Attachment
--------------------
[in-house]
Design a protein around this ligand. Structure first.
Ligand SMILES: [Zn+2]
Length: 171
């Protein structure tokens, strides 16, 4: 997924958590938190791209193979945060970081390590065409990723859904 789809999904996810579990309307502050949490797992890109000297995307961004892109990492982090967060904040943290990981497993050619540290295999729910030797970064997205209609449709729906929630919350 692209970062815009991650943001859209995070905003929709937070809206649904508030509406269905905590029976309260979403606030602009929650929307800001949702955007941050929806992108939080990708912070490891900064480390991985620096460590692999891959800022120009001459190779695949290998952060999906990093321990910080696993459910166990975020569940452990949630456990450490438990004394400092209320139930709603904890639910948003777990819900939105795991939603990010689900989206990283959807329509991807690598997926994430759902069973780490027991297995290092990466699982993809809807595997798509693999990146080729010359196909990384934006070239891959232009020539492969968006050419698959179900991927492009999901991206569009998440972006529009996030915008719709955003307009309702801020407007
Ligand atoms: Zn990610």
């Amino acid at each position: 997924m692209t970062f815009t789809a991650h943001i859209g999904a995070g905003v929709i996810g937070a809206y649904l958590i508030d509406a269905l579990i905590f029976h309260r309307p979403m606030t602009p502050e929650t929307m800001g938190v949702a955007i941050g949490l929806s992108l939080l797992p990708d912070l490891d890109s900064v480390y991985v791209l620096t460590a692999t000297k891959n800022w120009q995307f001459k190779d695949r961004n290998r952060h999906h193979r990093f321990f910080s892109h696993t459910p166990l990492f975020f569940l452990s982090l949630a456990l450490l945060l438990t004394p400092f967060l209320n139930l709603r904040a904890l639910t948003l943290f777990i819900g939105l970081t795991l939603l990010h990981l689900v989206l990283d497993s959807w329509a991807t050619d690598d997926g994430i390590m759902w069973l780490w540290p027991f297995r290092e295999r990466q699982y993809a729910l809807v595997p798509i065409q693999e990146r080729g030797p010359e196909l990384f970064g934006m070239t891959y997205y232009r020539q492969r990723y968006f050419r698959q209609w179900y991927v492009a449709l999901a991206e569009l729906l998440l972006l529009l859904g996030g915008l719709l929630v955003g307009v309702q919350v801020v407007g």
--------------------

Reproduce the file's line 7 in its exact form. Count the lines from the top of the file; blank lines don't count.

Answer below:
């Amino acid at each position: 997924m692209t970062f815009t789809a991650h943001i859209g999904a995070g905003v929709i996810g937070a809206y649904l958590i508030d509406a269905l579990i905590f029976h309260r309307p979403m606030t602009p502050e929650t929307m800001g938190v949702a955007i941050g949490l929806s992108l939080l797992p990708d912070l490891d890109s900064v480390y991985v791209l620096t460590a692999t000297k891959n800022w120009q995307f001459k190779d695949r961004n290998r952060h999906h193979r990093f321990f910080s892109h696993t459910p166990l990492f975020f569940l452990s982090l949630a456990l450490l945060l438990t004394p400092f967060l209320n139930l709603r904040a904890l639910t948003l943290f777990i819900g939105l970081t795991l939603l990010h990981l689900v989206l990283d497993s959807w329509a991807t050619d690598d997926g994430i390590m759902w069973l780490w540290p027991f297995r290092e295999r990466q699982y993809a729910l809807v595997p798509i065409q693999e990146r080729g030797p010359e196909l990384f970064g934006m070239t891959y997205y232009r020539q492969r990723y968006f050419r698959q209609w179900y991927v492009a449709l999901a991206e569009l729906l998440l972006l529009l859904g996030g915008l719709l929630v955003g307009v309702q919350v801020v407007g």